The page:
In the summer of 2002 photographer Heidi Vetter realized her dream of exploring the Sierra Nevada mountains. With a sixty pound pack, large-format camera and film, she embarked alone on an extended backpacking trip lasting nearly three months. After a year of preparations; planning meals, physical conditioning, first-aid classes and pouring over topographical maps, she began her journey from Fish Camp with a mule, a large supply of Clif bars, and an overwhelming desire to capture the spirit of the wilderness on film.
She set out along the Old French Trail to Mammoth Lakes, then made seven loops, working her way south as far as Kearsarge Pass. Her husband Ray met her at seven to ten day intervals to replenish her supplies, and bring her clean clothes. Traveling up to five miles a day, she camped at prime photography sites, shooting around sunset and getting up for the sunrise to photograph again, with the beautiful basins above 10,000 feet being her favorite places. While traveling the John Muir trail, she usually met other hikers, but off the trail other travelers were rare, and she had the wilderness largely to herself.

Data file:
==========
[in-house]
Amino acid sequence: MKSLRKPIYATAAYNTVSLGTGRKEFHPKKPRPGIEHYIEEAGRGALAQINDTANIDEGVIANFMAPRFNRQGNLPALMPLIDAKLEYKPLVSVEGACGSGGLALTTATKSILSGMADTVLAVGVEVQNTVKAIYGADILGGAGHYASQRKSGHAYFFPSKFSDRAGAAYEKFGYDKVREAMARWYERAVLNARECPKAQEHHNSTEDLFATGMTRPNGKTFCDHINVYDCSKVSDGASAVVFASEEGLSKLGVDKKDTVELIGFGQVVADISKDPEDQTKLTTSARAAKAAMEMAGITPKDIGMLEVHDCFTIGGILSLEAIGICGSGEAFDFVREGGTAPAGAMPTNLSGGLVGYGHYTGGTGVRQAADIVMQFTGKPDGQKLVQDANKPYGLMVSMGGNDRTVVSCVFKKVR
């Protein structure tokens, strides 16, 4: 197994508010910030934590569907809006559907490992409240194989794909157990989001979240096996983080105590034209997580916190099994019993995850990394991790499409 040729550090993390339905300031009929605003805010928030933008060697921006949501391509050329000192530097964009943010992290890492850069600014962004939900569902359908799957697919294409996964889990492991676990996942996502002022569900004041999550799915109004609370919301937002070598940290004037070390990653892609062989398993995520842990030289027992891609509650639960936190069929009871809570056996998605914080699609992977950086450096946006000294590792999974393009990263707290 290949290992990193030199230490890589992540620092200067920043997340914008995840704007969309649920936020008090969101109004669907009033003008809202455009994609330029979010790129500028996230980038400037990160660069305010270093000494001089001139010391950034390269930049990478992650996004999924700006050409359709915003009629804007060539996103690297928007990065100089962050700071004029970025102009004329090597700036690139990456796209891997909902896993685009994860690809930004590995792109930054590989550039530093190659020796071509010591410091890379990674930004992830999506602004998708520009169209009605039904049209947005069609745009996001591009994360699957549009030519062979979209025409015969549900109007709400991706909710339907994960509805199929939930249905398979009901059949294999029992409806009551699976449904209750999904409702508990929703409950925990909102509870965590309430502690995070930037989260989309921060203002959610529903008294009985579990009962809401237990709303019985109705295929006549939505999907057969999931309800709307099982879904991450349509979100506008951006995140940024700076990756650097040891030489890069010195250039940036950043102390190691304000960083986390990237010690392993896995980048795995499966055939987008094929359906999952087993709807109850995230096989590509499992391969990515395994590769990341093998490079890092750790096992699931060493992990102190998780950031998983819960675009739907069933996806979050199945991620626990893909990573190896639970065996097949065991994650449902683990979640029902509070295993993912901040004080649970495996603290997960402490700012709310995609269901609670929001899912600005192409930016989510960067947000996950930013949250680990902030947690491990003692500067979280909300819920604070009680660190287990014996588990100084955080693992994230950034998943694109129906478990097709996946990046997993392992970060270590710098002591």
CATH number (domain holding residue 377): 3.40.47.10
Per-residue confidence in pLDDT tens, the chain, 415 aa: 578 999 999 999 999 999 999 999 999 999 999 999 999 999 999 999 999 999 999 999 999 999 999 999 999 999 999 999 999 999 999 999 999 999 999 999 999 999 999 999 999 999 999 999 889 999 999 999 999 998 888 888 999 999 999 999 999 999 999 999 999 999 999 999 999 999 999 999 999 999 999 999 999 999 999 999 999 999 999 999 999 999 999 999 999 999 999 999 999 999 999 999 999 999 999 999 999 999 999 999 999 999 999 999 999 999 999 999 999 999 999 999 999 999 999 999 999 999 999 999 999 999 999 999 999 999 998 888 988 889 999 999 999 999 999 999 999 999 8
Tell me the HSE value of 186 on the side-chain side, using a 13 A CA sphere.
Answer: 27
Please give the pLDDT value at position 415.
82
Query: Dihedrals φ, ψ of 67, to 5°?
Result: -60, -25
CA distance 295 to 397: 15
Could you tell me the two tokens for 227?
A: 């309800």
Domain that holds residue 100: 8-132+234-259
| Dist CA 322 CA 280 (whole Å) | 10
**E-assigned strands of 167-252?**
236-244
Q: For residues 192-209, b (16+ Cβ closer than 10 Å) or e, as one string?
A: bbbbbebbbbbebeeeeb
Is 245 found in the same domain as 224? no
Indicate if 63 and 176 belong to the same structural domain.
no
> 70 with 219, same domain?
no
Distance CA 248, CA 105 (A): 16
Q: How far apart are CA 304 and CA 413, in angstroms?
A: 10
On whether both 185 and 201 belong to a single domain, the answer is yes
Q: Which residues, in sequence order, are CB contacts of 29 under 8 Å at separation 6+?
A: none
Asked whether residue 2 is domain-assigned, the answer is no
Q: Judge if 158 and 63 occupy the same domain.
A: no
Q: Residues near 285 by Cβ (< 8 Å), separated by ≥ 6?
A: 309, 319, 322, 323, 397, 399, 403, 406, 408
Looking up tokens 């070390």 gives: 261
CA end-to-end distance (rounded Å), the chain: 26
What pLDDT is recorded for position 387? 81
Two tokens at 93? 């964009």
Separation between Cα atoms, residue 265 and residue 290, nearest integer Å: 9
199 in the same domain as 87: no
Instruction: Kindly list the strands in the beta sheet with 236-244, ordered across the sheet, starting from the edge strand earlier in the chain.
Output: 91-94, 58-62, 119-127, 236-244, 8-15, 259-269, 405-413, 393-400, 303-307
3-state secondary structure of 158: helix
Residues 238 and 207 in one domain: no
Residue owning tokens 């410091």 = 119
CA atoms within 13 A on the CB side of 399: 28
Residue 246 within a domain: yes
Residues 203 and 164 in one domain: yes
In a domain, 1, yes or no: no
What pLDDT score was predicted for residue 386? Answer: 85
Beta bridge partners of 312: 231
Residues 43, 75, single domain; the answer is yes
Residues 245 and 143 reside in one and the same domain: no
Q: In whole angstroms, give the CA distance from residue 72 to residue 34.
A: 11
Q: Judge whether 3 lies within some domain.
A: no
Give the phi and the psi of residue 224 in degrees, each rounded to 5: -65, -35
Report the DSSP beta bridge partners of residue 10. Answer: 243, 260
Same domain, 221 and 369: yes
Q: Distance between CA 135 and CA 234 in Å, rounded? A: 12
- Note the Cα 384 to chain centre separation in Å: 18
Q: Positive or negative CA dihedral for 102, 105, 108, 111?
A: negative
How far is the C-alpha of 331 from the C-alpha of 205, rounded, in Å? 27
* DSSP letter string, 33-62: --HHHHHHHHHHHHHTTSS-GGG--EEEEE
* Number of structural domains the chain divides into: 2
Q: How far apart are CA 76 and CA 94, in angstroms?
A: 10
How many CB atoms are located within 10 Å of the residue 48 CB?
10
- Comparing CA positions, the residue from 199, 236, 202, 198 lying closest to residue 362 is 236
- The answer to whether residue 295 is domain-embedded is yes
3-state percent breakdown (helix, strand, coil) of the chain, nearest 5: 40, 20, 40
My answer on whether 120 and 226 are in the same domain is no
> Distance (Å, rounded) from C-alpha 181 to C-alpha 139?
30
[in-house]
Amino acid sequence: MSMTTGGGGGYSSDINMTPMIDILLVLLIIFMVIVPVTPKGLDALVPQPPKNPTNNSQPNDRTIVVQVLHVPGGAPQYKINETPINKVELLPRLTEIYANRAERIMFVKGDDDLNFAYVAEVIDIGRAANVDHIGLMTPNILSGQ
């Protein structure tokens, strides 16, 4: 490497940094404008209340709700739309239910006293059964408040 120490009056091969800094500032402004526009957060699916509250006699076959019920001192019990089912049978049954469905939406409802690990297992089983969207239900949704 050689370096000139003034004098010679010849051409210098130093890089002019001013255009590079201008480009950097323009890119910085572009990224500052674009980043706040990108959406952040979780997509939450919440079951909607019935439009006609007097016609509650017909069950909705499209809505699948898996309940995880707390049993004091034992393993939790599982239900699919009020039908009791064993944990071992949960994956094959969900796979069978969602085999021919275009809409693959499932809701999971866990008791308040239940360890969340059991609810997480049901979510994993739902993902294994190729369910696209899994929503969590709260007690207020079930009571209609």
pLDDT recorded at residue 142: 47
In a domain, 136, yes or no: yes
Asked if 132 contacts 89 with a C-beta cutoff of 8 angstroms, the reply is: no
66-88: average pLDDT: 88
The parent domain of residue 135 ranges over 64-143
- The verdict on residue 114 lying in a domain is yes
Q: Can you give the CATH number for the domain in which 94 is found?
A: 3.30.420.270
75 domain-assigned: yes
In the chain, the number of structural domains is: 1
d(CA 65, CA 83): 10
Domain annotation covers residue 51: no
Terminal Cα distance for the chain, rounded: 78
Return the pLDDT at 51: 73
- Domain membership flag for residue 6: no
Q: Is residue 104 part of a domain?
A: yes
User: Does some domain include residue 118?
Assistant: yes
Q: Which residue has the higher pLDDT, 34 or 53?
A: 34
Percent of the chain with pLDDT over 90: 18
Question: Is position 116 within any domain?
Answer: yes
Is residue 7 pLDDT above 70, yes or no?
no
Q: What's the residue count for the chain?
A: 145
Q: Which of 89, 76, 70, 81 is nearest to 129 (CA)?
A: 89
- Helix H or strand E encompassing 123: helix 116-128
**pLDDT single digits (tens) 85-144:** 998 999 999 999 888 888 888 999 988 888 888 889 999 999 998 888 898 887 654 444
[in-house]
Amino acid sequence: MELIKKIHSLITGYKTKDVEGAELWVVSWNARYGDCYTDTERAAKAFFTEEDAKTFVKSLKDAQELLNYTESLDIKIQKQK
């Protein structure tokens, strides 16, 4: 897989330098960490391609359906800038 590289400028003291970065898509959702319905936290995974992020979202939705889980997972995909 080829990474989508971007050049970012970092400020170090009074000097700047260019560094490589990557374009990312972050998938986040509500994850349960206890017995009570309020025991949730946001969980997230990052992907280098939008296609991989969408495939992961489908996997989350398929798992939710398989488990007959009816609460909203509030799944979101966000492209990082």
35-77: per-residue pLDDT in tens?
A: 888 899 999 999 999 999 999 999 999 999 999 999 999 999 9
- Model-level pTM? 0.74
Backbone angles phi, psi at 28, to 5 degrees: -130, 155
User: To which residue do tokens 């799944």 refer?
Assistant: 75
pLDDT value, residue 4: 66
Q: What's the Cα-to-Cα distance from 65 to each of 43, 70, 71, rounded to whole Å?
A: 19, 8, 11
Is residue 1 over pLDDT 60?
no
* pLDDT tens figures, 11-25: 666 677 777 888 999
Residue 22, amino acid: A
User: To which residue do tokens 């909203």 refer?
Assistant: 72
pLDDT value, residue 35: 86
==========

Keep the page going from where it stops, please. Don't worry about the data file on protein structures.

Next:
Physical fitness was a serious issue in planning the trip. After losing twenty pounds in anticipation of the hike, she lost another thirty on the trail. After nearly ninety days of sun, healthy diet, and constant exercise, her friends will attest that she looks great after her sojourn which, she states, she would not hesitate to do again.
Now back in the security of her darkroom, Vetter demonstrates a different form of determination and stamina, working countless hours developing and printing the images captured on the trail. Using traditional color printing processes she has perfected over many years as a working photographer, she strives to distill the essence of her experience into emotive images that she hopes will capture the grandeur and beauty of the Sierra Nevada and will allow her to share her journey and her personal vision with others.